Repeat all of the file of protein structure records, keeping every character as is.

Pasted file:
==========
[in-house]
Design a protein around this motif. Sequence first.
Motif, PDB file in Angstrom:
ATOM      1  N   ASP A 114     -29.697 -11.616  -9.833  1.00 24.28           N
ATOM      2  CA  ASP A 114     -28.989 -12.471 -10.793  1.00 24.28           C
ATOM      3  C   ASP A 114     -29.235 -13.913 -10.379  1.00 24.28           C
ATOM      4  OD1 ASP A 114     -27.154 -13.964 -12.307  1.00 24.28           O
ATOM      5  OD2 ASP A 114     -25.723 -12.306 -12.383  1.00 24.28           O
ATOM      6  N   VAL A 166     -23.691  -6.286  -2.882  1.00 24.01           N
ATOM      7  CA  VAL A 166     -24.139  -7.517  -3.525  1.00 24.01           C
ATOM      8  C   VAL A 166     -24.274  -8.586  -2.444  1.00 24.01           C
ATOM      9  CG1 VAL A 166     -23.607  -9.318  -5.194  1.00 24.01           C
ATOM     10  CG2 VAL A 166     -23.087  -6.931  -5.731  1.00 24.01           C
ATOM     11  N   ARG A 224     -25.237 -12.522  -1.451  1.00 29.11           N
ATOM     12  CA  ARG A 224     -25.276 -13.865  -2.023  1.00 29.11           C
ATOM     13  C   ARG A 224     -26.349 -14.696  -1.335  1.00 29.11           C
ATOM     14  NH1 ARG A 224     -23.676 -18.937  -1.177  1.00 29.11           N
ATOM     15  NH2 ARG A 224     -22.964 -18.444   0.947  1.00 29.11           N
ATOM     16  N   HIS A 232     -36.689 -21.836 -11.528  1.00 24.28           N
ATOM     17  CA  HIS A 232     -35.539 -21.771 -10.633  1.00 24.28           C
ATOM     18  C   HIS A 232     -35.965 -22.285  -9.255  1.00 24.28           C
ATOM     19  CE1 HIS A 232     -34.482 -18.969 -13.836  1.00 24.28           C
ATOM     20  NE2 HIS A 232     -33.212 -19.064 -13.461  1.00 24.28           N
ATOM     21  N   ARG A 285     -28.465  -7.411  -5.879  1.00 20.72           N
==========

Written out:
[in-house]
Design a protein around this motif. Sequence first.
Motif, PDB file in Angstrom:
ATOM      1  N   ASP A 114     -29.697 -11.616  -9.833  1.00 24.28           N
ATOM      2  CA  ASP A 114     -28.989 -12.471 -10.793  1.00 24.28           C
ATOM      3  C   ASP A 114     -29.235 -13.913 -10.379  1.00 24.28           C
ATOM      4  OD1 ASP A 114     -27.154 -13.964 -12.307  1.00 24.28           O
ATOM      5  OD2 ASP A 114     -25.723 -12.306 -12.383  1.00 24.28           O
ATOM      6  N   VAL A 166     -23.691  -6.286  -2.882  1.00 24.01           N
ATOM      7  CA  VAL A 166     -24.139  -7.517  -3.525  1.00 24.01           C
ATOM      8  C   VAL A 166     -24.274  -8.586  -2.444  1.00 24.01           C
ATOM      9  CG1 VAL A 166     -23.607  -9.318  -5.194  1.00 24.01           C
ATOM     10  CG2 VAL A 166     -23.087  -6.931  -5.731  1.00 24.01           C
ATOM     11  N   ARG A 224     -25.237 -12.522  -1.451  1.00 29.11           N
ATOM     12  CA  ARG A 224     -25.276 -13.865  -2.023  1.00 29.11           C
ATOM     13  C   ARG A 224     -26.349 -14.696  -1.335  1.00 29.11           C
ATOM     14  NH1 ARG A 224     -23.676 -18.937  -1.177  1.00 29.11           N
ATOM     15  NH2 ARG A 224     -22.964 -18.444   0.947  1.00 29.11           N
ATOM     16  N   HIS A 232     -36.689 -21.836 -11.528  1.00 24.28           N
ATOM     17  CA  HIS A 232     -35.539 -21.771 -10.633  1.00 24.28           C
ATOM     18  C   HIS A 232     -35.965 -22.285  -9.255  1.00 24.28           C
ATOM     19  CE1 HIS A 232     -34.482 -18.969 -13.836  1.00 24.28           C
ATOM     20  NE2 HIS A 232     -33.212 -19.064 -13.461  1.00 24.28           N
ATOM     21  N   ARG A 285     -28.465  -7.411  -5.879  1.00 20.72           N